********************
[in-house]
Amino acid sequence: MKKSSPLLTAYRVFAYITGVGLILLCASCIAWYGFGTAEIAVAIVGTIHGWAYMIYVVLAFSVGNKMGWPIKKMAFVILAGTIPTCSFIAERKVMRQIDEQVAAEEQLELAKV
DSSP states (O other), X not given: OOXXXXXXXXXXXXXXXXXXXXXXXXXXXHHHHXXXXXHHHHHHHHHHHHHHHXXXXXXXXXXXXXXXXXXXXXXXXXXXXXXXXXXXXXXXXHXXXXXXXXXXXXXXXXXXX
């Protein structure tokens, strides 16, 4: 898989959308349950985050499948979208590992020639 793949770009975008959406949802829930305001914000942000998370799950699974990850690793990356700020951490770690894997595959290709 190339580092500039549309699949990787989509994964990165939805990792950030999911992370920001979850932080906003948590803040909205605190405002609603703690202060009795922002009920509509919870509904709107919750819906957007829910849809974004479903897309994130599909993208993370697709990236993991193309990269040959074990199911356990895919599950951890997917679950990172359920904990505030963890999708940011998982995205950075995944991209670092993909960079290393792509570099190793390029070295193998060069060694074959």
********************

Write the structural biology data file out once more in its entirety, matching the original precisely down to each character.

[in-house]
Amino acid sequence: MKKSSPLLTAYRVFAYITGVGLILLCASCIAWYGFGTAEIAVAIVGTIHGWAYMIYVVLAFSVGNKMGWPIKKMAFVILAGTIPTCSFIAERKVMRQIDEQVAAEEQLELAKV
DSSP states (O other), X not given: OOXXXXXXXXXXXXXXXXXXXXXXXXXXXHHHHXXXXXHHHHHHHHHHHHHHHXXXXXXXXXXXXXXXXXXXXXXXXXXXXXXXXXXXXXXXXHXXXXXXXXXXXXXXXXXXX
């Protein structure tokens, strides 16, 4: 898989959308349950985050499948979208590992020639 793949770009975008959406949802829930305001914000942000998370799950699974990850690793990356700020951490770690894997595959290709 190339580092500039549309699949990787989509994964990165939805990792950030999911992370920001979850932080906003948590803040909205605190405002609603703690202060009795922002009920509509919870509904709107919750819906957007829910849809974004479903897309994130599909993208993370697709990236993991193309990269040959074990199911356990895919599950951890997917679950990172359920904990505030963890999708940011998982995205950075995944991209670092993909960079290393792509570099190793390029070295193998060069060694074959």